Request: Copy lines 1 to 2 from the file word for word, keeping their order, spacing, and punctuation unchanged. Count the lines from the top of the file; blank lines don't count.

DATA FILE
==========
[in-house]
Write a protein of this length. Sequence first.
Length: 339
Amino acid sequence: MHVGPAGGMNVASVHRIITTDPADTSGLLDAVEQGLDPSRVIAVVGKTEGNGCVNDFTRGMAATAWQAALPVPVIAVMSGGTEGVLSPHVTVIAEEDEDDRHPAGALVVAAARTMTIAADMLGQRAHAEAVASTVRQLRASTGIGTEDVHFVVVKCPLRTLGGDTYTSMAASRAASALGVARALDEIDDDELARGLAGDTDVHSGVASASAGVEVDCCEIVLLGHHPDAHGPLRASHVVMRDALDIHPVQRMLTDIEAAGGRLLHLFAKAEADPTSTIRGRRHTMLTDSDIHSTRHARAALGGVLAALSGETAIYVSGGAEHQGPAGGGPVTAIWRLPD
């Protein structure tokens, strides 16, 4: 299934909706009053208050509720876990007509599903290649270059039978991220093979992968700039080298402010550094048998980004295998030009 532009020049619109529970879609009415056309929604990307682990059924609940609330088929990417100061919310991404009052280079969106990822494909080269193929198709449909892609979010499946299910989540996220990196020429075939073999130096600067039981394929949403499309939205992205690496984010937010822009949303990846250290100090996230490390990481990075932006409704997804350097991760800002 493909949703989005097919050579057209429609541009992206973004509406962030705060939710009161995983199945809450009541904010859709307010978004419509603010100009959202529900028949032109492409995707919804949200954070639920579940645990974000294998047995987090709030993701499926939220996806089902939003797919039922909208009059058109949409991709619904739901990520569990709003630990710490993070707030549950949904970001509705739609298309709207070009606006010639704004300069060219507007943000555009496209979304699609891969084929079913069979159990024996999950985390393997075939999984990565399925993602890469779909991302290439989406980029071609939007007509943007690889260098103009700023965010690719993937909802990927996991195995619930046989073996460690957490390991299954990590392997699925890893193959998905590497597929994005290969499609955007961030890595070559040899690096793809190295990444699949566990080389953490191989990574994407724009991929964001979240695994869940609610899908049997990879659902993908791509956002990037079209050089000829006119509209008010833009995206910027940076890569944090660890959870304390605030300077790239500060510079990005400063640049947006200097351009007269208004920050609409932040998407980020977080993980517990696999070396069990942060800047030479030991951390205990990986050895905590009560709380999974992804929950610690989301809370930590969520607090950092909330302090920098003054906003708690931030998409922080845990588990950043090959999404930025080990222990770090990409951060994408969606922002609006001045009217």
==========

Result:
[in-house]
Write a protein of this length. Sequence first.